Next, I added the fencing material between the top of the fence structure and the overhead shade structure. I had decided to add a couple of turkeys to my flock of birds and quickly found out that a four-foot high fence is not enough to keep turkeys out of the garden. I got more of the same black plastic fencing material and attached it all the way around. A couple of benefits that I hadn’t initially thought of became evident – it keeps the population of feral cats in my yard from using my veggie garden as their litter box, and keeps wild birds from eating my crops.

Raised Beds for Square-Foot Gardening

The final addition to that part of the garden is raised beds. I decided to make my gardening experience a bit easier, both in maintenance and in harvesting. Based on the given space I had to work with, I decided to construct six raised beds, each four-feet-by six-feet and one foot deep. This allowed for one foot of space between each bed and a two-foot path around the beds. The book All New Square-Foot Gardening recommends making the beds only six-inches deep, however, I decided to make my beds a foot deep because I like to grow root crops such as carrots and beets, and I wanted to give them plenty of room to grow. Also, because I rotate where my crops are planted from year to year, any place I plant those crops will be deep enough in coming years. The reason for the four-foot dimension is that it is a good width to be able to reach into the middle and not have to step on and compact the soil. The six-foot width is what fit into my given space.

It is usually recommended to use wood such as cedar or redwood because they are more resistant to rot than standard construction-grade wood, but I decided to go the less expensive route so I could put the money toward better soil. I also chose not to use any anti-rot wood treatments because I prefer to not use chemicals. I may have to replace some of the boards every few years or so. A friend suggested that I line the inside of the beds with plastic to help keep the soil from drying out, but I didn’t want to add that element to the area either – and the soil mix that I created will help retain the moisture. The bottom of each of the beds is lined with plain brown corrugated cardboard as a weed barrier and then topped with 24 cubic feet (more or less) of soil mix.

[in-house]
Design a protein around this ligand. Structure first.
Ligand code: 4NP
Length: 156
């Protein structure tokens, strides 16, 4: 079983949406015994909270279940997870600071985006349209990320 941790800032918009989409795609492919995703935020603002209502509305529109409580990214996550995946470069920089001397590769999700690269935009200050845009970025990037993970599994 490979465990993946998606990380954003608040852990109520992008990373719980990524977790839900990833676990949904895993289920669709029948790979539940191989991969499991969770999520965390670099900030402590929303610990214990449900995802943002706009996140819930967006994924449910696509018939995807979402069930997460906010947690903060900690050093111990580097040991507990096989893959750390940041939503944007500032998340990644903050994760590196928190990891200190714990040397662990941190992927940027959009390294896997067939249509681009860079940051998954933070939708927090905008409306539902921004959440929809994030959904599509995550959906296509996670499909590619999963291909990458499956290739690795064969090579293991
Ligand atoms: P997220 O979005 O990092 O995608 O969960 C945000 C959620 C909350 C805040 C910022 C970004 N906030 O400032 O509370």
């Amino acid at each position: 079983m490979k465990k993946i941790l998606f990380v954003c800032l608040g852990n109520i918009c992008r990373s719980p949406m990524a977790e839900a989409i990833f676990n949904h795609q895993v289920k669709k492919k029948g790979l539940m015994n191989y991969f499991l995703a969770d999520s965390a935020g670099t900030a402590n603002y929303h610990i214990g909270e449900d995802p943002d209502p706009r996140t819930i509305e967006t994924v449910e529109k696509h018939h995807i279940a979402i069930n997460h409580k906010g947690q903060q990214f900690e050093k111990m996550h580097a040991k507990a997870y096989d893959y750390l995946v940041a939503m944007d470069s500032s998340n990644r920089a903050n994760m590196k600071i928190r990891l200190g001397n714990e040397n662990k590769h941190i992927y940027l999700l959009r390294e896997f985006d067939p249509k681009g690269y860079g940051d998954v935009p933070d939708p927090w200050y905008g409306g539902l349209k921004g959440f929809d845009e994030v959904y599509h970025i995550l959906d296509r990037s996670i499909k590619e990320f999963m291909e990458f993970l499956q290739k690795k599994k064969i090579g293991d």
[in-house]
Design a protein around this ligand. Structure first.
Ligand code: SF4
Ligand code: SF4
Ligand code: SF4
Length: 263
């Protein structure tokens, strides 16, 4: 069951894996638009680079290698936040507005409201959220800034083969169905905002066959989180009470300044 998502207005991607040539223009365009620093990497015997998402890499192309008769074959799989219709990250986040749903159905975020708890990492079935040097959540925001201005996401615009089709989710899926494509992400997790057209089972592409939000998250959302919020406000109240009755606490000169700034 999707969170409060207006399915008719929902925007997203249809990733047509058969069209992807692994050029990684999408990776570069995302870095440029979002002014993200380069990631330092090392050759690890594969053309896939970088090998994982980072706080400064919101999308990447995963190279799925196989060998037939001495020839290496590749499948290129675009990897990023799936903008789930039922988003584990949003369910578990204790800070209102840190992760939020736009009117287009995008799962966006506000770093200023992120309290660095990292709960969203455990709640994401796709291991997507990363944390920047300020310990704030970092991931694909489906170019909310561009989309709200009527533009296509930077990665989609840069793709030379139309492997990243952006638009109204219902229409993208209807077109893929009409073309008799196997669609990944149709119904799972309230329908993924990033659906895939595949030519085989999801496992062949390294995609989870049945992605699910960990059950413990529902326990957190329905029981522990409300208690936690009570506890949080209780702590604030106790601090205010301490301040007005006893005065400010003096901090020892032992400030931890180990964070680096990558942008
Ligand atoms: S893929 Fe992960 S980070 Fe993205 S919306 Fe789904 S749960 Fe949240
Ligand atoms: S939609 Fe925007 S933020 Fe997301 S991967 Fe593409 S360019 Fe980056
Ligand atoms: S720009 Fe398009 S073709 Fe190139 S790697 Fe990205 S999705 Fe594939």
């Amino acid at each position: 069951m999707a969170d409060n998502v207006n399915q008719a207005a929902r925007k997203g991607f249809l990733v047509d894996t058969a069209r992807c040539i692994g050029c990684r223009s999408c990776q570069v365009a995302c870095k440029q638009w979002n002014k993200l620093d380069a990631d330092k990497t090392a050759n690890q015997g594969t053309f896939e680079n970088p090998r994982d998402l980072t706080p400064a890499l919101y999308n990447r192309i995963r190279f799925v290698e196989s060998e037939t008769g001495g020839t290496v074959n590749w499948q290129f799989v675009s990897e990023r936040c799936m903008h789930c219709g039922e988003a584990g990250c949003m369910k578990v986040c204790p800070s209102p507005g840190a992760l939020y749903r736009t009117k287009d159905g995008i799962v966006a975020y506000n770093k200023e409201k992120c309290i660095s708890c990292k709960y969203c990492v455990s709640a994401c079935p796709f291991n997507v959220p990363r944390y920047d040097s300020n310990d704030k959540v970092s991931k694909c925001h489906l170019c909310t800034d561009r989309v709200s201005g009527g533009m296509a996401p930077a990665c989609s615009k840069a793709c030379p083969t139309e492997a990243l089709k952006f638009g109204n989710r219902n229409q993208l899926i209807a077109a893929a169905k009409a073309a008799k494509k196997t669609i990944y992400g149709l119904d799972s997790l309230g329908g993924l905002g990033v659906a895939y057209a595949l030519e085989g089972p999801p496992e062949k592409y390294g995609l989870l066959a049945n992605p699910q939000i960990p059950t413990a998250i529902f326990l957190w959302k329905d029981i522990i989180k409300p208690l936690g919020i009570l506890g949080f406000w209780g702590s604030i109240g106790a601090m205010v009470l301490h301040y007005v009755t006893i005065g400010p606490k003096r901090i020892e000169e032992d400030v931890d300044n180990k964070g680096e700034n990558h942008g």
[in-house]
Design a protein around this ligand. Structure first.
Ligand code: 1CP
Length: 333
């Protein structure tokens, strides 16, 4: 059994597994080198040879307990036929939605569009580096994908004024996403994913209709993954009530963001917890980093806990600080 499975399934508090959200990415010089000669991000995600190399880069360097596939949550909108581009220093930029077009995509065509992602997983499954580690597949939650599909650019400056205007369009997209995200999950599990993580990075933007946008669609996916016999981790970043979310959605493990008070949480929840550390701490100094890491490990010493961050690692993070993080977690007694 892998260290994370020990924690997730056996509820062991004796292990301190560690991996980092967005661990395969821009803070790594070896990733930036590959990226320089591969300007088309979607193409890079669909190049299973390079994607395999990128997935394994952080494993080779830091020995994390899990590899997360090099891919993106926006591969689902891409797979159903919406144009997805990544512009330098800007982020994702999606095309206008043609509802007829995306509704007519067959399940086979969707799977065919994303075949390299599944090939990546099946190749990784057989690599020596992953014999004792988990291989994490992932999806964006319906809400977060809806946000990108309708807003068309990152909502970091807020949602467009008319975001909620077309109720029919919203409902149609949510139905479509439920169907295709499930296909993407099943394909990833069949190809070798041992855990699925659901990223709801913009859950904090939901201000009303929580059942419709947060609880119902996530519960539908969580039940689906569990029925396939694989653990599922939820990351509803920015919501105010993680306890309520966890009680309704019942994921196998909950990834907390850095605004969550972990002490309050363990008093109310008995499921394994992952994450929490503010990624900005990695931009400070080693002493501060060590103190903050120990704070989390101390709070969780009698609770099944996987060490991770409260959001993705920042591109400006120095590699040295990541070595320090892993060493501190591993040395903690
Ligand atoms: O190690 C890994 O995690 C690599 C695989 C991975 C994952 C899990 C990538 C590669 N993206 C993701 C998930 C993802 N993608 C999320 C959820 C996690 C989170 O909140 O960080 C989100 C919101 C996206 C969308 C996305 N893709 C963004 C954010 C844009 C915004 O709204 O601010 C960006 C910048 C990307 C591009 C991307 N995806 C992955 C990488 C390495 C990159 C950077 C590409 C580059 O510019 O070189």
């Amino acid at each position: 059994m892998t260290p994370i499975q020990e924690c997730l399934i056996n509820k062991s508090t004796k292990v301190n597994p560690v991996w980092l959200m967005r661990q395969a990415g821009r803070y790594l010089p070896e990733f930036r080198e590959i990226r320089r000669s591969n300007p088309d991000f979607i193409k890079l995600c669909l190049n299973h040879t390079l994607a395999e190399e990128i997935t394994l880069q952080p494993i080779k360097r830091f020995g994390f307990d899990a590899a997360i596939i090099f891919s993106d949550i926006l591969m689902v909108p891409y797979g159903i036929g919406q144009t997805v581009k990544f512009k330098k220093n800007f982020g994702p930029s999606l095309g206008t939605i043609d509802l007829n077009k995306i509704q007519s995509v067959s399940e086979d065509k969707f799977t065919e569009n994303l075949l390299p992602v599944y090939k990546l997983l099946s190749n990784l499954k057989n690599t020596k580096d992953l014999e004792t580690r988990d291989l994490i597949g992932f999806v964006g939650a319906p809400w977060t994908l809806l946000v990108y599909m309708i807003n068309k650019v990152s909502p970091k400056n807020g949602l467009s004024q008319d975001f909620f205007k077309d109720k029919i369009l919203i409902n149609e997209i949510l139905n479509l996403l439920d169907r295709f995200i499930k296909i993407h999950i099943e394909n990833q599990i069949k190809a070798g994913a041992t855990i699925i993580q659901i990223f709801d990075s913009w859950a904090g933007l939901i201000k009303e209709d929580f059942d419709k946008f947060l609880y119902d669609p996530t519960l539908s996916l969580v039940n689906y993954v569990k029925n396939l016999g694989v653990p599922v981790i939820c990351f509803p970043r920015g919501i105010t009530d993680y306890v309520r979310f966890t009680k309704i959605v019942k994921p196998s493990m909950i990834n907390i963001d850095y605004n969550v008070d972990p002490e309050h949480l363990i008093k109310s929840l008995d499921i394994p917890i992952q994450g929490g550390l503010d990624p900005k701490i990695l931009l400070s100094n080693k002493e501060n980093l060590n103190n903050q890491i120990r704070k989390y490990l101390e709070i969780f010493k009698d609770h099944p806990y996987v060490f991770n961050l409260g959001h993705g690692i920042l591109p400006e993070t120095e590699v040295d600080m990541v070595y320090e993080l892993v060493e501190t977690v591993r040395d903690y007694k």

Materials List for a 4-by-6-Foot Raised Bed

• Wood of choice
• Six 8-foot 2x6 boards cut into four 4-foot sections, and four 6-foot sections
• One 8-foot 2x2 board, cut into 11-inch pieces
• 32 3-inch wood screws
• One 4-by 6-foot piece of chicken wire or hardware cloth to attach to the bottom if gophers are a problem

The pathways around and between the beds include a weed barrier fabric topped with a blend of shredded wood mulch and wood shavings.

For the soil, I decided to create my own mix from bagged materials. It is less expensive to purchase soil mix by the scoop from a nursery or other source, but I was concerned about weed seeds being blown into the piles of soil while they were still at the nursery. I wanted to start my new beds out as weed-free as possible. I have had enough issues with weeds over the years — I garden organically and do not use herbicides such as Roundup or other harmful chemicals. With the soil mix added, the beds were ready for planting.

Micki’s Soil Mix Recipe

The soil mix below will fill one of the garden beds discussed above:

• 15 cf Kellogg All-Natural Garden Soil
• 3 cf peat moss
• 2 cf coco peat
• 1 cf vermiculite
• 1 cf perlite
• Amend with compost as needed


All MOTHER EARTH NEWS community bloggers have agreed to follow our Blogging Best Practices, and they are responsible for the accuracy of their posts. To learn more about the author of this post, click on the byline link at the top of the page.